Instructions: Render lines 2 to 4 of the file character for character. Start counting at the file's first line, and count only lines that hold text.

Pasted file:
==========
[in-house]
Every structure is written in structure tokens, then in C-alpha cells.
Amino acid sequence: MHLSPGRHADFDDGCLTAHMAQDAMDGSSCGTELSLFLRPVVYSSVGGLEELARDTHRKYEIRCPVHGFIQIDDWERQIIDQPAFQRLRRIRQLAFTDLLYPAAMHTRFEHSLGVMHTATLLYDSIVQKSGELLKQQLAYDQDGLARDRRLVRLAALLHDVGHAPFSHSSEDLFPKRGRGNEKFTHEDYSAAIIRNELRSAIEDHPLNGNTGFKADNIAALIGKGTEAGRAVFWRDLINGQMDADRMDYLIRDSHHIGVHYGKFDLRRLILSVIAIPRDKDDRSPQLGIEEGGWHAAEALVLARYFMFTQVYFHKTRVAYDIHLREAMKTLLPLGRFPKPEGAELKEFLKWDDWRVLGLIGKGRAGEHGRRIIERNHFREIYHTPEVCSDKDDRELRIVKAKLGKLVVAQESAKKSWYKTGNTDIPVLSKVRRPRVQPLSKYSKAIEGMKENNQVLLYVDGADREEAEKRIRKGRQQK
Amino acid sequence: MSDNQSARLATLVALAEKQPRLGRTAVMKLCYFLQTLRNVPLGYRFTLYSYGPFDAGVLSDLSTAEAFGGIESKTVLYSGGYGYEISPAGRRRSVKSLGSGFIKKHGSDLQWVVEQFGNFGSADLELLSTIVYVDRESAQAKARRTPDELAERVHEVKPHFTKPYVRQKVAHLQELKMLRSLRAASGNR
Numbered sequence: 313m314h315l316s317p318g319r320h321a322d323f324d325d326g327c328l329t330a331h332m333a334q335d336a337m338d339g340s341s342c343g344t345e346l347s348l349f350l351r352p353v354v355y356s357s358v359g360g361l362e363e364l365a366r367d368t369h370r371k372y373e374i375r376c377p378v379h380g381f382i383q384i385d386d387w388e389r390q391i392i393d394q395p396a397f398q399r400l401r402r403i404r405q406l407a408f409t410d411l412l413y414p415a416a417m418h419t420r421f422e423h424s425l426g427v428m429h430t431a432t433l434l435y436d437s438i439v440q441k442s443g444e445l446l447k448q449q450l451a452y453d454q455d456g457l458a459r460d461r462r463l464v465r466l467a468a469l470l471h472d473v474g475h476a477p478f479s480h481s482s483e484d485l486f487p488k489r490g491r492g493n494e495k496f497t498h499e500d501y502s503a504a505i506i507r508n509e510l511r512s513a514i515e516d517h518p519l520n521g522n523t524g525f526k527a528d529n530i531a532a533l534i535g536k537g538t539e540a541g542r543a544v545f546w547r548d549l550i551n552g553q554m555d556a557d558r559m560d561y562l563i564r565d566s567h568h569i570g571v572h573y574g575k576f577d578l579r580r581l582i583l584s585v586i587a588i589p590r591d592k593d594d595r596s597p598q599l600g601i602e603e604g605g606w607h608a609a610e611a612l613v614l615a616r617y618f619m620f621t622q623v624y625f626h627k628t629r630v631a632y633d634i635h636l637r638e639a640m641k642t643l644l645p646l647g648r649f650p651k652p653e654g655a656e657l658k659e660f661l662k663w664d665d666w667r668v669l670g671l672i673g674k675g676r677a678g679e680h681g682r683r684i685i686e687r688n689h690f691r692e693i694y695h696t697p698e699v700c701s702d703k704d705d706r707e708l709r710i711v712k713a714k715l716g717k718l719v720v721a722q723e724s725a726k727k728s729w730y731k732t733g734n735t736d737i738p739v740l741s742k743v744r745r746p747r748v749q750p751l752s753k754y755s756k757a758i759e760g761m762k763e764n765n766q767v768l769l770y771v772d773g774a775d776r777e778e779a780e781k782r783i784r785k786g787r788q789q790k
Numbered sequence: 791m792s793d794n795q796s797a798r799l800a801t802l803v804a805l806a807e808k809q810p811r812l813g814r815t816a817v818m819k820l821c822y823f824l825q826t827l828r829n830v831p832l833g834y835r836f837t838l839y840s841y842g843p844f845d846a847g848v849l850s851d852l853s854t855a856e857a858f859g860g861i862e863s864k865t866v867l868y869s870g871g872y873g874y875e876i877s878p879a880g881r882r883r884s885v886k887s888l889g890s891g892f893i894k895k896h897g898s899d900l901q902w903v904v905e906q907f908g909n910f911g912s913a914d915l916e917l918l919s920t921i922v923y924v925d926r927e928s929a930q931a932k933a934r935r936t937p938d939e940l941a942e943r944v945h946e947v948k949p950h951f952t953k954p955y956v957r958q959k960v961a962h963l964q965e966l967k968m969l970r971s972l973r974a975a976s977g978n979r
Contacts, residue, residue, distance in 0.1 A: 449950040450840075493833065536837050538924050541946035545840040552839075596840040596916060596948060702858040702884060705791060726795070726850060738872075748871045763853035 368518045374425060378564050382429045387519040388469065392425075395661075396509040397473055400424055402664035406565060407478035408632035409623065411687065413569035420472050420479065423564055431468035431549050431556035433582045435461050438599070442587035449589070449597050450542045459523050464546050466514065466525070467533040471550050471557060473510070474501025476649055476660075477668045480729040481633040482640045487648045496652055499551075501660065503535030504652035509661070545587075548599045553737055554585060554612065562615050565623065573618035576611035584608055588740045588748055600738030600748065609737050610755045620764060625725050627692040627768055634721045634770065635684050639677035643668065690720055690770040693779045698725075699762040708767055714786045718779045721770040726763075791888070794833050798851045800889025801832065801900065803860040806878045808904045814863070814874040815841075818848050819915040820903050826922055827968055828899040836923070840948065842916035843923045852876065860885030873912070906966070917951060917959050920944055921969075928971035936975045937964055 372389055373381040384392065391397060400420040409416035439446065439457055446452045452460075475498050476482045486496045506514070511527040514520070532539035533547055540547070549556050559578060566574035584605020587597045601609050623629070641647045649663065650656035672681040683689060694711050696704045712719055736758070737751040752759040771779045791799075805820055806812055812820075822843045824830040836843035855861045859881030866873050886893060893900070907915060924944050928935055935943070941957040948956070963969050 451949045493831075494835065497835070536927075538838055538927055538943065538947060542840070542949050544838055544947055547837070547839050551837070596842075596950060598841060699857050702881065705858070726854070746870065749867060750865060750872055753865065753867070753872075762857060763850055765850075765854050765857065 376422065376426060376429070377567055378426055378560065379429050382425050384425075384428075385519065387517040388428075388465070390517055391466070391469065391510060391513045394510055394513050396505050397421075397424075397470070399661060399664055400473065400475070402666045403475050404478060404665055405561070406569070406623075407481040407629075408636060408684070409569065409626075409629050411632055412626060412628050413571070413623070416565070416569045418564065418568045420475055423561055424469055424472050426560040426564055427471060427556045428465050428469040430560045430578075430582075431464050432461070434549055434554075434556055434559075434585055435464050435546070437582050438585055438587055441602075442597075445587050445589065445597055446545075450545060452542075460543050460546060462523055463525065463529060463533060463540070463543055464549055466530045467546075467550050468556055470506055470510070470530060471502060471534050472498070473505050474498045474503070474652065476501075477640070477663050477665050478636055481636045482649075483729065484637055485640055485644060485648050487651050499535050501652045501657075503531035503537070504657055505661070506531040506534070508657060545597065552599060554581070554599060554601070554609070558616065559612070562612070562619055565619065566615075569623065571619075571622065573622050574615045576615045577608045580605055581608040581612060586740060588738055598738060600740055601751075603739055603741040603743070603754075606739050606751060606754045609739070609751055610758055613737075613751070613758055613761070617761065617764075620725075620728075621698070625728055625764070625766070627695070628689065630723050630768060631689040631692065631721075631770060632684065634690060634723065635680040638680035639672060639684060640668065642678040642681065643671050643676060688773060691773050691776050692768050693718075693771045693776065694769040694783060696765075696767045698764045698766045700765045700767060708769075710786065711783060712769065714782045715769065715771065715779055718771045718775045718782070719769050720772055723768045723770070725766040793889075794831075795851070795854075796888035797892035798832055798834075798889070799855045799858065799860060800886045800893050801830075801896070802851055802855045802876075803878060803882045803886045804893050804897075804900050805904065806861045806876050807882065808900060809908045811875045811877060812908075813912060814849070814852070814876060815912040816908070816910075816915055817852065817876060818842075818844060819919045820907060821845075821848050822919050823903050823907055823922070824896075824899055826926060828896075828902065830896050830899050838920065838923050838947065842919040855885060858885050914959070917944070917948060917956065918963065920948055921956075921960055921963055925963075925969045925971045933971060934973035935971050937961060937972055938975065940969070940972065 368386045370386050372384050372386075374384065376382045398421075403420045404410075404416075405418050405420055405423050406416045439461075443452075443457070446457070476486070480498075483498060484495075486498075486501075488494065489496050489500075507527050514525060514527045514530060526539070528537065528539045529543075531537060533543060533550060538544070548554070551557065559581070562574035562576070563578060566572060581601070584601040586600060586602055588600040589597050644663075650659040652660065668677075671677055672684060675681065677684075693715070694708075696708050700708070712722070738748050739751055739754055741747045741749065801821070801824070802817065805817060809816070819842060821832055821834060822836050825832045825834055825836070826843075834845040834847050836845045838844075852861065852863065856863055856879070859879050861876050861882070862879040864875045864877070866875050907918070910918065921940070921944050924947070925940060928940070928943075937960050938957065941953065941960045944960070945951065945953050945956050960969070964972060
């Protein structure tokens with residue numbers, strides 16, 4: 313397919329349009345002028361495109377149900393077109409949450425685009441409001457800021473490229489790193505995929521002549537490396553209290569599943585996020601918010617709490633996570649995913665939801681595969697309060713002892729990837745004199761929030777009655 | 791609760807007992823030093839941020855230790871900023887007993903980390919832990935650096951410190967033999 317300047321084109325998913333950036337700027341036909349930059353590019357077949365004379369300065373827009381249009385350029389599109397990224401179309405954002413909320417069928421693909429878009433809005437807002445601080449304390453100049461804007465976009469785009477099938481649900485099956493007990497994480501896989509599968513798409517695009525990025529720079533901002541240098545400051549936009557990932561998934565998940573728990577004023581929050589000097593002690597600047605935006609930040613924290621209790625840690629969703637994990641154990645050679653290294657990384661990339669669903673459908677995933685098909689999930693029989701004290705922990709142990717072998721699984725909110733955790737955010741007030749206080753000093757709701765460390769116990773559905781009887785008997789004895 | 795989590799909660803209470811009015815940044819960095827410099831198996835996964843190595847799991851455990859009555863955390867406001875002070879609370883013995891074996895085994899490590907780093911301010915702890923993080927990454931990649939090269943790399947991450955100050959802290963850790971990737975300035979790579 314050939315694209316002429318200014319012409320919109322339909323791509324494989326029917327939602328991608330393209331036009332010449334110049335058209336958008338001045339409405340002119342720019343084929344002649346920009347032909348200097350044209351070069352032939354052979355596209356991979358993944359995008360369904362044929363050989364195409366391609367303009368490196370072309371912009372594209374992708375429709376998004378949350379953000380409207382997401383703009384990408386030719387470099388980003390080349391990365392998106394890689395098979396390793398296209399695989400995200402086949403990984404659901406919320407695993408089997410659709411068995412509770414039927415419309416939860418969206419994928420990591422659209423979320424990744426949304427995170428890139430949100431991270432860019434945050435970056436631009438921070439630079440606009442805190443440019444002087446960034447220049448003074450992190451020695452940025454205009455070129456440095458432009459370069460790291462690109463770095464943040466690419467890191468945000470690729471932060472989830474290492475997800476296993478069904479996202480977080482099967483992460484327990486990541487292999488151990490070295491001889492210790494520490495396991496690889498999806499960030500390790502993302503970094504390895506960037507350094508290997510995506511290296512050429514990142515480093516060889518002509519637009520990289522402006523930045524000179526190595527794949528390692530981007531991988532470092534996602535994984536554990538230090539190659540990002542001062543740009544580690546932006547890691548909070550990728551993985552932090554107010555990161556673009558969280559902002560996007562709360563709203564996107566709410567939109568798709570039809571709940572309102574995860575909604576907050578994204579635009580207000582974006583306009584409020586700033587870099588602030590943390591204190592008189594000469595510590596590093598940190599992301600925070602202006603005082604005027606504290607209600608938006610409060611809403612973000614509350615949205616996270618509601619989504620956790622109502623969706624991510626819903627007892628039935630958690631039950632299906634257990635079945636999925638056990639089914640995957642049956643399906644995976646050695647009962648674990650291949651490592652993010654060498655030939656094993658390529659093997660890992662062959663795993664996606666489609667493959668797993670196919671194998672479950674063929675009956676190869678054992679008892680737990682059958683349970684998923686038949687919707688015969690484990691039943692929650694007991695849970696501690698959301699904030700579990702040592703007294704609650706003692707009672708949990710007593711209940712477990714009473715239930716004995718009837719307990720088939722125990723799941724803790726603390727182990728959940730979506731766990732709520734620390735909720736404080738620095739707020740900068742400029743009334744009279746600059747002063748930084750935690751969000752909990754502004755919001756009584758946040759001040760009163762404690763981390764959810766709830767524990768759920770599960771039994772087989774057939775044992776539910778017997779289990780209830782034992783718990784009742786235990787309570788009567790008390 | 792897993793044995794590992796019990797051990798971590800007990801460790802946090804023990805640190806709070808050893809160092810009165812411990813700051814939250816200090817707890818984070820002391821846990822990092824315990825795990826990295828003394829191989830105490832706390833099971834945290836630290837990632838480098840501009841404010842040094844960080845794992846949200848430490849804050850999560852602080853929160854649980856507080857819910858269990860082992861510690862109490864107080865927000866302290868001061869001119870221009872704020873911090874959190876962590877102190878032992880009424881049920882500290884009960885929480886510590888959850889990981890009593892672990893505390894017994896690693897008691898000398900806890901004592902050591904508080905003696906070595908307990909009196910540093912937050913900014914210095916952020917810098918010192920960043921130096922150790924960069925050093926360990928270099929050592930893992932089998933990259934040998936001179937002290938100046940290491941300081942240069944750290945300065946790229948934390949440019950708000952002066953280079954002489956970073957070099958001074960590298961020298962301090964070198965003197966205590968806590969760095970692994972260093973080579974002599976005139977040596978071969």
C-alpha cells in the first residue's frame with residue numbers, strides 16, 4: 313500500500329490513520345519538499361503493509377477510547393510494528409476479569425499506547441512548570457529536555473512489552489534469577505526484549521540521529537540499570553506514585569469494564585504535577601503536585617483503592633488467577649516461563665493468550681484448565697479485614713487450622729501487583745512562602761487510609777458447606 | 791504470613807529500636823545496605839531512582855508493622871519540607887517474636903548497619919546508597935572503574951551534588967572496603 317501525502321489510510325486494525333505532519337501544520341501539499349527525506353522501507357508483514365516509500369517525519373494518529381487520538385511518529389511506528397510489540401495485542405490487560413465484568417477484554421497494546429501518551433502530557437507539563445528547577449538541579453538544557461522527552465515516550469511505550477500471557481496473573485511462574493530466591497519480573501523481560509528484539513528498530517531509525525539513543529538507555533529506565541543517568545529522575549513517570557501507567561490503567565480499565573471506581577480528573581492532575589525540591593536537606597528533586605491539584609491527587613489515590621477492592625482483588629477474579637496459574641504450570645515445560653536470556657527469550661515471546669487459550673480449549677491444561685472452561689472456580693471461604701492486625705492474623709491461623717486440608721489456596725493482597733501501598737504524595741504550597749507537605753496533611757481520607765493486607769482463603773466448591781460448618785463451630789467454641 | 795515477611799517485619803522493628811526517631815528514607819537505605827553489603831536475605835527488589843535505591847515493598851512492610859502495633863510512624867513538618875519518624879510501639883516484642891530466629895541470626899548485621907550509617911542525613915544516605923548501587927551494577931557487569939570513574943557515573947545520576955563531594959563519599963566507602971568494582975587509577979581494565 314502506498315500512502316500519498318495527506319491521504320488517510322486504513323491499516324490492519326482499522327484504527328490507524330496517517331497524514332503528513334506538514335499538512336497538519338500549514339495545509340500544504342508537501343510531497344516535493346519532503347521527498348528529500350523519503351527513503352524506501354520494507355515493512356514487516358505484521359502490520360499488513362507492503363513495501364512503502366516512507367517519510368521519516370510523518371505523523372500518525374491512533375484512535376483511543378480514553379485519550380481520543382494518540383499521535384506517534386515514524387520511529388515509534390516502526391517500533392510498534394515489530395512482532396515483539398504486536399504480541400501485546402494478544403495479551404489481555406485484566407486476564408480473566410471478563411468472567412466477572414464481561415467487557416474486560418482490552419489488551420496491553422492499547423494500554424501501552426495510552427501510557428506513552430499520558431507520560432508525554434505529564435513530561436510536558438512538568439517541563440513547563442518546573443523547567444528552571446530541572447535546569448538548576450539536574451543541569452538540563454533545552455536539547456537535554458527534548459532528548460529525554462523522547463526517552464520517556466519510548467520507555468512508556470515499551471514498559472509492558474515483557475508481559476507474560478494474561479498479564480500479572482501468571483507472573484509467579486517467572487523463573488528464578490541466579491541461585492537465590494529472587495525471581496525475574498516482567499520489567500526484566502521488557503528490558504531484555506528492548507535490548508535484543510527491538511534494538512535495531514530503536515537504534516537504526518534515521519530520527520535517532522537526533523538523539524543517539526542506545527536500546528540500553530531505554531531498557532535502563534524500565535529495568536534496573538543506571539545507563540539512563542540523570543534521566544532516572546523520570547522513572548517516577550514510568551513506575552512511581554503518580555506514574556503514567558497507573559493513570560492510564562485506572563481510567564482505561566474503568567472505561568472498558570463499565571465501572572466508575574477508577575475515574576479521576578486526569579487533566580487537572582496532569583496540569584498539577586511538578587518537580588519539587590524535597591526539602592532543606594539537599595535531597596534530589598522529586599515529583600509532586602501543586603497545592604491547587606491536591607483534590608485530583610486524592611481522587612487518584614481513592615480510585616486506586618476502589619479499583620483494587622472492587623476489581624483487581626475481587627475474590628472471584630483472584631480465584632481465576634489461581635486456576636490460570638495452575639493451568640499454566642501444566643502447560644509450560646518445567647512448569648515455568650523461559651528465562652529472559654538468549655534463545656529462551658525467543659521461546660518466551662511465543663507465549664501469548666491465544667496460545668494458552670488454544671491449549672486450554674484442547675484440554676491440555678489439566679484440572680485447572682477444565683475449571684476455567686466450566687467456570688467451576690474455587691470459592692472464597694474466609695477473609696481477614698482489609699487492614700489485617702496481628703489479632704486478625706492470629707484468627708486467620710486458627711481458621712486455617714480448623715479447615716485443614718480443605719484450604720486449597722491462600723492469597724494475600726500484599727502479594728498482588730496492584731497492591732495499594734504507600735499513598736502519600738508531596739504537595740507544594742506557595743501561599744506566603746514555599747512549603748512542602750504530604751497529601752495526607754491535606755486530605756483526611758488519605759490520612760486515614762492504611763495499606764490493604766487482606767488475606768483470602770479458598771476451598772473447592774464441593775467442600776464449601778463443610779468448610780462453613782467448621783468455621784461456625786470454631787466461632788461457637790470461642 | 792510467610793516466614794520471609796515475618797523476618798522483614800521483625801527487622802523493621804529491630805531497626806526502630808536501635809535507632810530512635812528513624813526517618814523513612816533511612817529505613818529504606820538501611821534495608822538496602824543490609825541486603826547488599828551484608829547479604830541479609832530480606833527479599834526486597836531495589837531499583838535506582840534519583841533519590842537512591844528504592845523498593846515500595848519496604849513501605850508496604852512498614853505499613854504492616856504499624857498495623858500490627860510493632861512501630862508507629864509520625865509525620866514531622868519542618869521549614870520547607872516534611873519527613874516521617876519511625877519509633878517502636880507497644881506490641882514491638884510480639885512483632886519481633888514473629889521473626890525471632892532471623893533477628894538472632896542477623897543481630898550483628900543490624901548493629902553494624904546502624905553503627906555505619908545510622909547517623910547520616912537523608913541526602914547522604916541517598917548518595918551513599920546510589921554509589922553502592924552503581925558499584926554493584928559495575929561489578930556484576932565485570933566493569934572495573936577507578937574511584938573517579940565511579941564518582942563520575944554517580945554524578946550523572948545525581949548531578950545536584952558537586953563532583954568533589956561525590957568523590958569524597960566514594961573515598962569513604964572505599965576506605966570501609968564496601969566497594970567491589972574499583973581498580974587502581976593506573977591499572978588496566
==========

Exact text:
Every structure is written in structure tokens, then in C-alpha cells.
Amino acid sequence: MHLSPGRHADFDDGCLTAHMAQDAMDGSSCGTELSLFLRPVVYSSVGGLEELARDTHRKYEIRCPVHGFIQIDDWERQIIDQPAFQRLRRIRQLAFTDLLYPAAMHTRFEHSLGVMHTATLLYDSIVQKSGELLKQQLAYDQDGLARDRRLVRLAALLHDVGHAPFSHSSEDLFPKRGRGNEKFTHEDYSAAIIRNELRSAIEDHPLNGNTGFKADNIAALIGKGTEAGRAVFWRDLINGQMDADRMDYLIRDSHHIGVHYGKFDLRRLILSVIAIPRDKDDRSPQLGIEEGGWHAAEALVLARYFMFTQVYFHKTRVAYDIHLREAMKTLLPLGRFPKPEGAELKEFLKWDDWRVLGLIGKGRAGEHGRRIIERNHFREIYHTPEVCSDKDDRELRIVKAKLGKLVVAQESAKKSWYKTGNTDIPVLSKVRRPRVQPLSKYSKAIEGMKENNQVLLYVDGADREEAEKRIRKGRQQK
Amino acid sequence: MSDNQSARLATLVALAEKQPRLGRTAVMKLCYFLQTLRNVPLGYRFTLYSYGPFDAGVLSDLSTAEAFGGIESKTVLYSGGYGYEISPAGRRRSVKSLGSGFIKKHGSDLQWVVEQFGNFGSADLELLSTIVYVDRESAQAKARRTPDELAERVHEVKPHFTKPYVRQKVAHLQELKMLRSLRAASGNR